Researchers have made a breakthrough genetic discovery into the cause of a spectrum of severe neurological conditions.
A research study, led by the Murdoch Children’s Research Institute (MCRI) and gracing the cover of and published in the October edition of Human Mutation, found two new mutations in the KIF1A gene cause rare nerve disorders.
MCRI researcher Dr Simranpreet Kaur said mutations in the KIF1A gene caused ‘traffic jams’ in brain cells, called neurons, triggering a devastating range of progressive brain disorders. KIF1A-Associated Neurological Disorders (KAND) affects about 300 children worldwide.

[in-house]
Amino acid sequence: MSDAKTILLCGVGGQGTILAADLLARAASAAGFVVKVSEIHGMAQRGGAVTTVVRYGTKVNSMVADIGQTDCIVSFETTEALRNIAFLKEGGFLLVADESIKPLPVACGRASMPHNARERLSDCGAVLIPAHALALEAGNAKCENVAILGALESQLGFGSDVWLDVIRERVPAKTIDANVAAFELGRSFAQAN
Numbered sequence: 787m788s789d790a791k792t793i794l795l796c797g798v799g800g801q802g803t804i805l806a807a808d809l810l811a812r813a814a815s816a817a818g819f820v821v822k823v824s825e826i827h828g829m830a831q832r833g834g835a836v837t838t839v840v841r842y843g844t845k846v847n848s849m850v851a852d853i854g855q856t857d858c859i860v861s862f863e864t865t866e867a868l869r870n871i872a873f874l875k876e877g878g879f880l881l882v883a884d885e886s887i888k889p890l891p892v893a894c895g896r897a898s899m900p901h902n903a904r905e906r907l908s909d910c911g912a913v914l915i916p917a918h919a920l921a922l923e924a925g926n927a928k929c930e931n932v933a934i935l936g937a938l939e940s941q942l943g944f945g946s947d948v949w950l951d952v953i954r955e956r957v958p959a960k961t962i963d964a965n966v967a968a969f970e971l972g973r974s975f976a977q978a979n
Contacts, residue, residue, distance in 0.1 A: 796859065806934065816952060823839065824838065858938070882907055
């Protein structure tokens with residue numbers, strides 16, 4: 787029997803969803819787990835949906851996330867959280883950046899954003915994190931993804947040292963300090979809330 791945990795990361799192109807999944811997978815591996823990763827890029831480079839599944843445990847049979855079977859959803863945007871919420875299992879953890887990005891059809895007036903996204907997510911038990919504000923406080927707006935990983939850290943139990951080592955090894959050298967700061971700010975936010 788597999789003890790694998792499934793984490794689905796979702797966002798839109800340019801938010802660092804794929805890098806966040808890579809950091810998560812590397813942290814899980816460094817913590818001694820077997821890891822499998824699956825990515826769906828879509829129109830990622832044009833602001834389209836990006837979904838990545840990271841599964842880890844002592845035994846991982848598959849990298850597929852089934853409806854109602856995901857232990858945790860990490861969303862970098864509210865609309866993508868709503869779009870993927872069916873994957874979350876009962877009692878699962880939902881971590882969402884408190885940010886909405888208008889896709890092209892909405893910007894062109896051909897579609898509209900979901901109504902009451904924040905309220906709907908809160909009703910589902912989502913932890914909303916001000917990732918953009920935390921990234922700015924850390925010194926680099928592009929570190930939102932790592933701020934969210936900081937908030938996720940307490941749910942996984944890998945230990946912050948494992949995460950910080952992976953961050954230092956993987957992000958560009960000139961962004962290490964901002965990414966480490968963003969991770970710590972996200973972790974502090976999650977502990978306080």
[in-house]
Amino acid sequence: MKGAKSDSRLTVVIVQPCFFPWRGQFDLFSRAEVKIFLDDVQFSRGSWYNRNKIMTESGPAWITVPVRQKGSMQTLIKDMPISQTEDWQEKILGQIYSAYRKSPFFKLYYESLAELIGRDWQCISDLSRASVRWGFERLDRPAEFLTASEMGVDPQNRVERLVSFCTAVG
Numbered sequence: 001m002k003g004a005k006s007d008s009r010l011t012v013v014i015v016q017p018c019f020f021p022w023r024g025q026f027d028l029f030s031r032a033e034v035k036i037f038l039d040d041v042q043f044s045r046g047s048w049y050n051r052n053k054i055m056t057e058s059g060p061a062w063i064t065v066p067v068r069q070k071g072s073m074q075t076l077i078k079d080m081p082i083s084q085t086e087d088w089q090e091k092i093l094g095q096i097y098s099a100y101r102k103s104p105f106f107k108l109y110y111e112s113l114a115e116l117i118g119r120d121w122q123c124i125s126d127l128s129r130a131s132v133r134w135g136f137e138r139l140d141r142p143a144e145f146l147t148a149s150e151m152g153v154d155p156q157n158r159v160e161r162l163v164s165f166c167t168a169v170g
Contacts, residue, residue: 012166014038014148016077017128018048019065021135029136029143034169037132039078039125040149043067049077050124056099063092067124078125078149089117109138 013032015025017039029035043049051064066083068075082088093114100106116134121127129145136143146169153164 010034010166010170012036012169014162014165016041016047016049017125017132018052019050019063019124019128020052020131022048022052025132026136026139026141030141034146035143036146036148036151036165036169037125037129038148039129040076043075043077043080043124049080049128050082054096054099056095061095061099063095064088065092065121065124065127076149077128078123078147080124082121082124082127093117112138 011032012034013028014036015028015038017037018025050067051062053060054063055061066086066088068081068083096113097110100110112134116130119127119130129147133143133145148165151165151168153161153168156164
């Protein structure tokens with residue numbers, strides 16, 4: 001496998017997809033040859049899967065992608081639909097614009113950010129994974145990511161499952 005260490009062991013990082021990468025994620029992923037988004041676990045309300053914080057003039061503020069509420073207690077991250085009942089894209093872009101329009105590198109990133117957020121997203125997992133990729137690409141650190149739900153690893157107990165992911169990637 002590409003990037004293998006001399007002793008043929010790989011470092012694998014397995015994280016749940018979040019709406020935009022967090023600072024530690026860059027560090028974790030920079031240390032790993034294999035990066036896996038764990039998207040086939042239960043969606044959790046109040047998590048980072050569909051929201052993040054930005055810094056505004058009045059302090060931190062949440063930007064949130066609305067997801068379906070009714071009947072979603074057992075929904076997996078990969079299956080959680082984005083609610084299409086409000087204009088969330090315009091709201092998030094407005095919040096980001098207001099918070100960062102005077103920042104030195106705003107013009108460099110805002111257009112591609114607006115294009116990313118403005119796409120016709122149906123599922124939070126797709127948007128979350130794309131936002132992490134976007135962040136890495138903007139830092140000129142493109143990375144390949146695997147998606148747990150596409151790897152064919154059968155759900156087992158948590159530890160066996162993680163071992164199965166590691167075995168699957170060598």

“KAND symptoms often appear at birth or early childhood, have varying severity and can result in death within five years of life. Because clinical features overlap with other neurological disorders, children can be misdiagnosed or remain undiagnosed for a long period of time,” she said.
“Our study will lead to more diagnoses by expanding the mutation pool further, finding new KIF1A gene mistakes that cause KAND and related disorders.”
The study looked at a genetically undiagnosed girl with Rett syndrome, a severe neurodevelopmental disorder that predominantly affects females and causes developmental delay, speech problems and loss of hand skills and three others with a severe neurodevelopmental disorder who showed few Rett syndrome-like features and carried defects in the KIF1A gene.
Dr Kaur said using advanced genetic techniques, the research team identified that the girl with Rett syndrome, a disorder previously not associated with KAND, also had a previously undiscovered mutation in the KIF1A gene.